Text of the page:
The first printed periodical, the Kaiyuan Za Bao was made available in AD 713.

However, the earliest known book printed at regular size is the Diamond Sutra made during the Tang Dynasty (618–907), a 5.18 m (17 ft) long scroll which bears the date 868 AD.

A bronze Chinese crossbow trigger mechanism with a butt plate (the wooden components have since eroded and disappeared), inlaid with silver, from either the late Warring States period (403–256 BC) or the early Han Dynasty (202 BC – AD 220) This includes the Four Great Inventions: papermaking, the compass, gunpowder, and printing (both woodblock and movable type).

With the navigational aid of the 11th century compass and ability to steer at high sea with the 1st century sternpost rudder, premodern Chinese sailors sailed as far as East Africa.

In water-powered clockworks, the premodern Chinese had used the escapement mechanism since the 8th century and the endless power-transmitting chain drive in the 11th century.

Although it is recorded that the Han Dynasty (202 BC – AD 220) court eunuch Cai Lun (50 AD – AD 121) invented the pulp papermaking process and established the use of new materials used in making paper, ancient padding and wrapping paper artifacts dating to the 2nd century BC have been found in China, the oldest example of pulp papermaking being a map from Fangmatan, Tianshui; by the 3rd century, paper as a writing medium was in widespread use, replacing traditional but more expensive writing mediums such as strips of bamboo rolled into threaded scrolls, strips of silk, wet clay tablets hardened later in a furnace, and wooden tablets.

The earliest known piece of paper with writing on it was discovered in the ruins of a Chinese watchtower at Tsakhortei, Alxa League, where Han Dynasty troops had deserted their position in AD 110 following a Xiongnu attack.

The historical region now known as China experienced a history involving mechanics, hydraulics and mathematics applied to horology, metallurgy, astronomy, agriculture, engineering, music theory, craftsmanship, naval architecture and warfare.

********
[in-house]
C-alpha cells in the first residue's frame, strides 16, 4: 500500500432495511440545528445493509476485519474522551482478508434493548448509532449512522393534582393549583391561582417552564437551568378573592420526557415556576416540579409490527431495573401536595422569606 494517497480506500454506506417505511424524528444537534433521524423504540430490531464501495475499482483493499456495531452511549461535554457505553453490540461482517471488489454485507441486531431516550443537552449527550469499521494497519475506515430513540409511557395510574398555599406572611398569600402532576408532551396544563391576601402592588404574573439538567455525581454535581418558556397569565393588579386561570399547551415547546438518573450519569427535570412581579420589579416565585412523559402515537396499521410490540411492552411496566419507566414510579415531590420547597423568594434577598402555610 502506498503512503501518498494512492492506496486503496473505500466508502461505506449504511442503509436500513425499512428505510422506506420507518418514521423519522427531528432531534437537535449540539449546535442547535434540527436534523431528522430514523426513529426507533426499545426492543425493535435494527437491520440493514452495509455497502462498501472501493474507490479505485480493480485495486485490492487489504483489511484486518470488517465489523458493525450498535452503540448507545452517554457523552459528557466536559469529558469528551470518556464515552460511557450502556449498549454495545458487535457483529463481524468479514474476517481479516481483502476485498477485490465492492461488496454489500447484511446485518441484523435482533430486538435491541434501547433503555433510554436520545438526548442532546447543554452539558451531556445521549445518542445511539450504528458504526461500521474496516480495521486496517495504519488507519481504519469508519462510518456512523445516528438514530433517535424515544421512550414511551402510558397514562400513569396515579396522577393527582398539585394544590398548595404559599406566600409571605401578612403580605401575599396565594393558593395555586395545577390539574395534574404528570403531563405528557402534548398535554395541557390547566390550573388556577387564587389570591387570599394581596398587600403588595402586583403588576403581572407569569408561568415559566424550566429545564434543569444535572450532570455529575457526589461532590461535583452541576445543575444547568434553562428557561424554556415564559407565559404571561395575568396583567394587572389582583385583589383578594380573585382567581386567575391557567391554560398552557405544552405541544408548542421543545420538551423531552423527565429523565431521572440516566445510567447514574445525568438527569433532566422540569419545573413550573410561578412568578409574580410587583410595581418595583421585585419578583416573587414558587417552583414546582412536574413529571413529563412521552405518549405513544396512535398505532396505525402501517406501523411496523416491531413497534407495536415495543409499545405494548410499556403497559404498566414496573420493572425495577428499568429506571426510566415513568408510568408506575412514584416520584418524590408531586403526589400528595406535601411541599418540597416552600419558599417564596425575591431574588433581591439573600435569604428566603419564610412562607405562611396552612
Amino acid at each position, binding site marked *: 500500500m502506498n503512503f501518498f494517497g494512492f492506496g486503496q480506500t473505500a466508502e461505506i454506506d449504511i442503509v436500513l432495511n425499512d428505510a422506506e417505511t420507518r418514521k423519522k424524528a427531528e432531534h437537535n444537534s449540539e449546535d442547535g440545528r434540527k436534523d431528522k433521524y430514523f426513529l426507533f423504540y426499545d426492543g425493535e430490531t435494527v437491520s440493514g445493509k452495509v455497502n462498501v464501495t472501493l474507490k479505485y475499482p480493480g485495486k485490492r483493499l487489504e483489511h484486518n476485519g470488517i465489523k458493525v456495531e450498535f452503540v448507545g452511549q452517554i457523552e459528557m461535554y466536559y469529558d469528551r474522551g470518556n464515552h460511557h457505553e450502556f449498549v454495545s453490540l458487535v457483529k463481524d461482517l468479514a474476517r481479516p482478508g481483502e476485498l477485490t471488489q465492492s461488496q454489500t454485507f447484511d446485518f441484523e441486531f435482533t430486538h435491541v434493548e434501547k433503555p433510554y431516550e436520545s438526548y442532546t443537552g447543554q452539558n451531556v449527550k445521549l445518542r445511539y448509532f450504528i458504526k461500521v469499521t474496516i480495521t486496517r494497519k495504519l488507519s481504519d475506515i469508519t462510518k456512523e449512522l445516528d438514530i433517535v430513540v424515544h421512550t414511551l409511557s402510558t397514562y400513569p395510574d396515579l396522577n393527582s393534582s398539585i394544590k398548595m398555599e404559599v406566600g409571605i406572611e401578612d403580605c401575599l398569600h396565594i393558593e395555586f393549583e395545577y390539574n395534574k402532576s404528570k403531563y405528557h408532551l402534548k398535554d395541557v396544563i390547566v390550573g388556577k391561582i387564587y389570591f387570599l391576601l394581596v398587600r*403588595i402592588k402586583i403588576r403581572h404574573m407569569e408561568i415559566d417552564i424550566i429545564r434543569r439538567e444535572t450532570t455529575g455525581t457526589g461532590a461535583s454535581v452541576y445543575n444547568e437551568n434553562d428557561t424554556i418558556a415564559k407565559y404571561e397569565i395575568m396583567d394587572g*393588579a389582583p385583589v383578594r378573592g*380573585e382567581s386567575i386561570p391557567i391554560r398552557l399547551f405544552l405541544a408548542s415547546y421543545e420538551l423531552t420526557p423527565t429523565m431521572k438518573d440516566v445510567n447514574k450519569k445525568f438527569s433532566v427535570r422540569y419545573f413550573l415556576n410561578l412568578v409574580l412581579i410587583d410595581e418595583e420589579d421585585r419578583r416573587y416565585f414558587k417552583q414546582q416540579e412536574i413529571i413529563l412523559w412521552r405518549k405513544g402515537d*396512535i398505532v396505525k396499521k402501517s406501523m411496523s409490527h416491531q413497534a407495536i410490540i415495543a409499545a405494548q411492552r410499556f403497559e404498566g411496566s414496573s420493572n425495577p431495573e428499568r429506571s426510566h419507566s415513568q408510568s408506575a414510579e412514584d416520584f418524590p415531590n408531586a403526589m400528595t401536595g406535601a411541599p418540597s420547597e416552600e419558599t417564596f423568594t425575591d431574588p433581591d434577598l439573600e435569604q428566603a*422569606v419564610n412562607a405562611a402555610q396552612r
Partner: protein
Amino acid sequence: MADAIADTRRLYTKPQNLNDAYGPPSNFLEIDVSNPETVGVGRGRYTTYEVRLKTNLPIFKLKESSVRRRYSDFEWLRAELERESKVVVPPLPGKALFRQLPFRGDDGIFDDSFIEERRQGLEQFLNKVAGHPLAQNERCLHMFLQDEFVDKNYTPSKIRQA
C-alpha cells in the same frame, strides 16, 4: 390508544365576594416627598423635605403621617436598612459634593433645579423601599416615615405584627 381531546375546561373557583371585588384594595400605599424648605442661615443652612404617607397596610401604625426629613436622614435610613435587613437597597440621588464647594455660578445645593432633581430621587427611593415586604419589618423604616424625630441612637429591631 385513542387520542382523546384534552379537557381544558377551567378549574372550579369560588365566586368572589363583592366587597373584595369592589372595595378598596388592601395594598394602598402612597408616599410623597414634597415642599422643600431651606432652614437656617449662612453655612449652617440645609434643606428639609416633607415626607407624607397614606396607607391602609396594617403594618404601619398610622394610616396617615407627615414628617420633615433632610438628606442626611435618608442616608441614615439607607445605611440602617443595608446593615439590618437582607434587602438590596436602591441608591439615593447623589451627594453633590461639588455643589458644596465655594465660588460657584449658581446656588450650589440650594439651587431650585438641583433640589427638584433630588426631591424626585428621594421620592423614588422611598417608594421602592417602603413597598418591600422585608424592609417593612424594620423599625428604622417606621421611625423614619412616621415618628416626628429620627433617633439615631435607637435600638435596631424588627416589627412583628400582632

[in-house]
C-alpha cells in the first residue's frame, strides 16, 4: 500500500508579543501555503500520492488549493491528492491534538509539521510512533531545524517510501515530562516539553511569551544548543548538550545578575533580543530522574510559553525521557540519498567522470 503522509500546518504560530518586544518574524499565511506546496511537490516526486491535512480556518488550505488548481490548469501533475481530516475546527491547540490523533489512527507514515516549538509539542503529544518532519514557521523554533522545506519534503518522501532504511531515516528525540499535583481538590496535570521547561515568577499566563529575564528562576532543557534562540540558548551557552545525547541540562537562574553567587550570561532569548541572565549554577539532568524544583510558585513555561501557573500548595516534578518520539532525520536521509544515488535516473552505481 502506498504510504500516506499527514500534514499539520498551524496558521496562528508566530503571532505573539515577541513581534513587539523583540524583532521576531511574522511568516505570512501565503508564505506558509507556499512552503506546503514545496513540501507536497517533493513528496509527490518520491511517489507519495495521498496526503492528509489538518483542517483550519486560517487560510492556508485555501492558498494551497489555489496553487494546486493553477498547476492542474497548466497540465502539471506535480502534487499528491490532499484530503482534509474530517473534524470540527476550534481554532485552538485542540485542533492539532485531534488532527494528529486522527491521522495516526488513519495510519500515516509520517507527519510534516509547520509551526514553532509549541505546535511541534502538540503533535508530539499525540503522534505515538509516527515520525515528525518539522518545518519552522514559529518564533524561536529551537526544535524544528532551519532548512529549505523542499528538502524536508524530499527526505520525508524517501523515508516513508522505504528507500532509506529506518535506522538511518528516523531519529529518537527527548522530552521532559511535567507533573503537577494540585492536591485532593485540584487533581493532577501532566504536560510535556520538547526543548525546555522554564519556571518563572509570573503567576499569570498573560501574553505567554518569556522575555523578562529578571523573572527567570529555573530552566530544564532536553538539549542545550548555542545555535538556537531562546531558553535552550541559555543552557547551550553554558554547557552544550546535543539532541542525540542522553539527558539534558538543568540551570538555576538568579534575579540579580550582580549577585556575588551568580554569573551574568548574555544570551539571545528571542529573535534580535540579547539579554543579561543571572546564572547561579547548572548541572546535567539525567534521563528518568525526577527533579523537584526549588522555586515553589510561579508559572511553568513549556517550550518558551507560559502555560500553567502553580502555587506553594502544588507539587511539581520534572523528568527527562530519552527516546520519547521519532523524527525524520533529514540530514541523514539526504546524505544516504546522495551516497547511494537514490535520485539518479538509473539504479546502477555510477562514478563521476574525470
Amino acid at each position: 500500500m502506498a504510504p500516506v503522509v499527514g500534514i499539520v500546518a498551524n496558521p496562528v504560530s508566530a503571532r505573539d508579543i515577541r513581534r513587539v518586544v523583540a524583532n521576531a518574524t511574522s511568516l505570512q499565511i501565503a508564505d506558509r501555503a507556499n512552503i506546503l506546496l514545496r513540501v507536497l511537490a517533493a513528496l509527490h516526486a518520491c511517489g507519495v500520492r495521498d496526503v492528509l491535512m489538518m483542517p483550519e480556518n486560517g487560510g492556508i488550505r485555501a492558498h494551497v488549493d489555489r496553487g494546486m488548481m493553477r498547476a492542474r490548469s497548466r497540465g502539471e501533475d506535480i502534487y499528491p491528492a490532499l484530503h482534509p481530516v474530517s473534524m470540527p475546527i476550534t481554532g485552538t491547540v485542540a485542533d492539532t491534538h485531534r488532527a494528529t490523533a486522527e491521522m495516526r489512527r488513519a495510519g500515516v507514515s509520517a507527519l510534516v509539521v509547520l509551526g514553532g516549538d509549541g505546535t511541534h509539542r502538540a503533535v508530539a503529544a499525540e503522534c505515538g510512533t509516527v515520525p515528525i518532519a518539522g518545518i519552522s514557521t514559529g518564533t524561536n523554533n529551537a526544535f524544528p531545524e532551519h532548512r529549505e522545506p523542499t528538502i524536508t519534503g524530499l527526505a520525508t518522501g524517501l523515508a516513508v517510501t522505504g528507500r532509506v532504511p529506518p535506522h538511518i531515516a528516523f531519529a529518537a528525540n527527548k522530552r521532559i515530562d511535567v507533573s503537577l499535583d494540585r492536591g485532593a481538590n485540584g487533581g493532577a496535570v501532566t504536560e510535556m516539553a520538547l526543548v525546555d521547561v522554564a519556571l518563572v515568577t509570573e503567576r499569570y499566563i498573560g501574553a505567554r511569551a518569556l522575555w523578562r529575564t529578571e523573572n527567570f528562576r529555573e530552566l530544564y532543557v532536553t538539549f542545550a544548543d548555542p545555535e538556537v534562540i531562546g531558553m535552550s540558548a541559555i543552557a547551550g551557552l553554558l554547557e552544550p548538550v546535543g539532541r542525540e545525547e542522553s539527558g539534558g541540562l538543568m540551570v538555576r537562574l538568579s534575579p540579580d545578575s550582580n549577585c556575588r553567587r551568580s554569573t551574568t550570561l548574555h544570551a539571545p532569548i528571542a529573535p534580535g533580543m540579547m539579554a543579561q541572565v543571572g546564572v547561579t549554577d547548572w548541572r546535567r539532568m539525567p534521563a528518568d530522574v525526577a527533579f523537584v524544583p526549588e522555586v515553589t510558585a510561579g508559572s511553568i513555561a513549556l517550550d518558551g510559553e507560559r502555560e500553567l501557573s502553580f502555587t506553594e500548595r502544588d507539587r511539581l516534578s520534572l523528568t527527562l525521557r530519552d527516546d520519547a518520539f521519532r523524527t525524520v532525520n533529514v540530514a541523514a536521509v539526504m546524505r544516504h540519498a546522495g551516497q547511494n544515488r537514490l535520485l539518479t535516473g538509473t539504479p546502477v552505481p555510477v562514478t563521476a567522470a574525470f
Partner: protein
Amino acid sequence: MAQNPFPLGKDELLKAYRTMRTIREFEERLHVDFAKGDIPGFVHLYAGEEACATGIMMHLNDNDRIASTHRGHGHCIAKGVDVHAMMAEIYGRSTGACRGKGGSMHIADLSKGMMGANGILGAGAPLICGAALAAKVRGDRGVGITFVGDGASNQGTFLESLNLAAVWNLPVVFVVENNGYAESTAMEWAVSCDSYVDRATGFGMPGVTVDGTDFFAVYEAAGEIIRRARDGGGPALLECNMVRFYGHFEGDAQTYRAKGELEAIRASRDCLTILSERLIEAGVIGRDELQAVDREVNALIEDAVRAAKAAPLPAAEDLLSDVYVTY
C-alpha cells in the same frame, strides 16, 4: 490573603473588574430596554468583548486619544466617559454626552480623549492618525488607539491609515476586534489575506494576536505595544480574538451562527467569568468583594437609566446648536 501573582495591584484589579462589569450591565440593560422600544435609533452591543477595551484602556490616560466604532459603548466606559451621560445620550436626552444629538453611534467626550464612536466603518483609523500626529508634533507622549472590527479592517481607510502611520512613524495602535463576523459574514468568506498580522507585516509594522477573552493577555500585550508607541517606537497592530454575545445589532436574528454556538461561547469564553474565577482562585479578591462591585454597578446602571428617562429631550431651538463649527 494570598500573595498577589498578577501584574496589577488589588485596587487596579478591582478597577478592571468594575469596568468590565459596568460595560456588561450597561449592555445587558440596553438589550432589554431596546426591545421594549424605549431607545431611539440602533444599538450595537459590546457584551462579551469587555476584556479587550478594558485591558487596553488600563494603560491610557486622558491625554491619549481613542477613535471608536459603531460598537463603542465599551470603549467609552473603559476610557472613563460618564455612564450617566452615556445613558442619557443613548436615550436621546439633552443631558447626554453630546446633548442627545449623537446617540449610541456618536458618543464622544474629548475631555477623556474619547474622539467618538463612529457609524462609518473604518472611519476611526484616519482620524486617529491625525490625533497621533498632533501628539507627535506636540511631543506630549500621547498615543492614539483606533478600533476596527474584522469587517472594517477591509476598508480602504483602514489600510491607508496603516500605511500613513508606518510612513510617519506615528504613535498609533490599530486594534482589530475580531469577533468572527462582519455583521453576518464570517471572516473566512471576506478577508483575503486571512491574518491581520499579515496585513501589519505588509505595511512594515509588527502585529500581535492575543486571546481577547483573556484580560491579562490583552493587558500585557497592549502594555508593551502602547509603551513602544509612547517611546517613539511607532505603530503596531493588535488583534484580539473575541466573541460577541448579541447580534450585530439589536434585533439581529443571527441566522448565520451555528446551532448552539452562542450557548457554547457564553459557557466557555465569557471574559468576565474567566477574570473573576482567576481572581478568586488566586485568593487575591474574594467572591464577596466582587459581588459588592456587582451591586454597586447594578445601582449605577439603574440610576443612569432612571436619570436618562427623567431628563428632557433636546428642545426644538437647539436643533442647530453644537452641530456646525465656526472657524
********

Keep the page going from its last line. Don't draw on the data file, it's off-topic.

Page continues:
By the Warring States period (403–221 BC), inhabitants of the Warring States had advanced metallurgic technology, including the blast furnace and cupola furnace, while the finery forge and puddling process were known by the Han Dynasty (202 BC–AD 220).Scientific, mathematical or natural discoveries, changes in minor concepts of design or style and artistic innovations do not appear on the list.The following is a list of the Four Great Inventions—as designated by Joseph Needham (1900–1995), a British scientist, author and sinologist known for his research on the history of Chinese science and technology.The Chinese polymath Shen Kuo (1031–1095) of the Song Dynasty (960–1279) was the first to accurately describe both magnetic declination (in discerning true north) and the magnetic needle compass in his Dream Pool Essays of 1088, while the Song dynasty writer Zhu Yu (fl.12th century) was the first to mention use of the compass specifically for navigation at sea in his book published in 1119.Joseph Needham and Tsien Tsuen-hsuin write that the cutting and printing techniques used for the delicate calligraphy of the Diamond Sutra book are much more advanced and refined than the miniature dharani sutra printed earlier.